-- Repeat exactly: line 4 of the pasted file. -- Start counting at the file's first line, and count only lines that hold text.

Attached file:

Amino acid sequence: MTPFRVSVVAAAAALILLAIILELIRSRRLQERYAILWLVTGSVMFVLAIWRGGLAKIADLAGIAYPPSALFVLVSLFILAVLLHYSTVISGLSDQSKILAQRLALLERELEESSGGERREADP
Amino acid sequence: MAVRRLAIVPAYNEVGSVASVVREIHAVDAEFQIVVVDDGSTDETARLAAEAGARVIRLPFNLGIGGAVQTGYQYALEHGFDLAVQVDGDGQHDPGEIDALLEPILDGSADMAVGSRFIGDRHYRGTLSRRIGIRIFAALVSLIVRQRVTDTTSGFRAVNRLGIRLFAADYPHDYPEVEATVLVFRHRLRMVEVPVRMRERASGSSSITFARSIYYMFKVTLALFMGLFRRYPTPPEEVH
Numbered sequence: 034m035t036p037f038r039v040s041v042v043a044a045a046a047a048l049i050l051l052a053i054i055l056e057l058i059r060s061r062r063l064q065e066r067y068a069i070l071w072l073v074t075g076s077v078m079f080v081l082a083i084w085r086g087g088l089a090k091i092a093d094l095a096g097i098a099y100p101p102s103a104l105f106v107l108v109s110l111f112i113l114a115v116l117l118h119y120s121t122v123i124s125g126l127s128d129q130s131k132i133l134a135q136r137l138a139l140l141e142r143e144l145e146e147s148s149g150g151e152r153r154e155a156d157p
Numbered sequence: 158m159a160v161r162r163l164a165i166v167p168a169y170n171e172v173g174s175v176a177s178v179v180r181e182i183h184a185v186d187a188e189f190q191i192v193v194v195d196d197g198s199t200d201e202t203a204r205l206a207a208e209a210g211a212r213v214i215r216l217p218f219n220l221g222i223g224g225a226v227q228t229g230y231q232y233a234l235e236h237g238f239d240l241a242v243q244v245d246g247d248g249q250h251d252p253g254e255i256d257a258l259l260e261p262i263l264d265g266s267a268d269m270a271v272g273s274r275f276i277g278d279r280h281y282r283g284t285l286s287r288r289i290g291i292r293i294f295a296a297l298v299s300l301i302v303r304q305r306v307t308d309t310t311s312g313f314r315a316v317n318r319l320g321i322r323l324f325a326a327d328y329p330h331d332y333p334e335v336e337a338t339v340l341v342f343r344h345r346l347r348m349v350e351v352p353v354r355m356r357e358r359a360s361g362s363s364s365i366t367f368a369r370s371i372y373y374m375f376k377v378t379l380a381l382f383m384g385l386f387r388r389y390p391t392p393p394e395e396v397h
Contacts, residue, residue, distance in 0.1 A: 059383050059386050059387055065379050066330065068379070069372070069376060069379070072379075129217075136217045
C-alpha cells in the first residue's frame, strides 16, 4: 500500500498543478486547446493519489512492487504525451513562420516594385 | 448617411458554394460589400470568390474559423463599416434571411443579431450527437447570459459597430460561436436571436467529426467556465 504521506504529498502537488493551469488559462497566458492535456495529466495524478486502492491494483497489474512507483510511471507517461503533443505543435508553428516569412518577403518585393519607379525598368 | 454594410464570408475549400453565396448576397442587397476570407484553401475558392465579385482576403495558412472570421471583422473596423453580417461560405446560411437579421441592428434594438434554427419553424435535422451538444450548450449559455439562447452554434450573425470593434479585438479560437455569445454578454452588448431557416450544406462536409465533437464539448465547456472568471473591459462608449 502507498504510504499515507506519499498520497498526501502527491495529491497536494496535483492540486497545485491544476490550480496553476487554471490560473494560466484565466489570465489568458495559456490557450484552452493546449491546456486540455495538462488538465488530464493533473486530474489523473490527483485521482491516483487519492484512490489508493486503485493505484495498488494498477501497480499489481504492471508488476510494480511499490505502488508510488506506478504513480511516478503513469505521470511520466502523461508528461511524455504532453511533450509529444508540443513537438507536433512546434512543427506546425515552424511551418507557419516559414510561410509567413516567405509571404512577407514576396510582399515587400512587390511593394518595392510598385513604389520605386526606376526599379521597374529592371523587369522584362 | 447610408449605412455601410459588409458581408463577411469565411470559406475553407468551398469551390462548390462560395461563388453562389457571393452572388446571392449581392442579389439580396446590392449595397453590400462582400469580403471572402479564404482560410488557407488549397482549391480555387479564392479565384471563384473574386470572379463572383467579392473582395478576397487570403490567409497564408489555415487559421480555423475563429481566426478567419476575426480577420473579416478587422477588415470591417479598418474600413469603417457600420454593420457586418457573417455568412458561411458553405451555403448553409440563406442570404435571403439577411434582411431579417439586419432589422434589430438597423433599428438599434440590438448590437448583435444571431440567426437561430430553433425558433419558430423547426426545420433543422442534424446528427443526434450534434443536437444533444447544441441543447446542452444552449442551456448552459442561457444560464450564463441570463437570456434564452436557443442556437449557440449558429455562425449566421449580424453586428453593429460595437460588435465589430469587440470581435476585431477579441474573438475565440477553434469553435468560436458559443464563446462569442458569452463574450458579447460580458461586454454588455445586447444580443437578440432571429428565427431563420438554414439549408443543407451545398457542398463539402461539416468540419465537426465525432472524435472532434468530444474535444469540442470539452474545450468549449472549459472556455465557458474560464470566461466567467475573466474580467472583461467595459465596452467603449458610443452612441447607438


Numbered sequence: 158m159a160v161r162r163l164a165i166v167p168a169y170n171e172v173g174s175v176a177s178v179v180r181e182i183h184a185v186d187a188e189f190q191i192v193v194v195d196d197g198s199t200d201e202t203a204r205l206a207a208e209a210g211a212r213v214i215r216l217p218f219n220l221g222i223g224g225a226v227q228t229g230y231q232y233a234l235e236h237g238f239d240l241a242v243q244v245d246g247d248g249q250h251d252p253g254e255i256d257a258l259l260e261p262i263l264d265g266s267a268d269m270a271v272g273s274r275f276i277g278d279r280h281y282r283g284t285l286s287r288r289i290g291i292r293i294f295a296a297l298v299s300l301i302v303r304q305r306v307t308d309t310t311s312g313f314r315a316v317n318r319l320g321i322r323l324f325a326a327d328y329p330h331d332y333p334e335v336e337a338t339v340l341v342f343r344h345r346l347r348m349v350e351v352p353v354r355m356r357e358r359a360s361g362s363s364s365i366t367f368a369r370s371i372y373y374m375f376k377v378t379l380a381l382f383m384g385l386f387r388r389y390p391t392p393p394e395e396v397h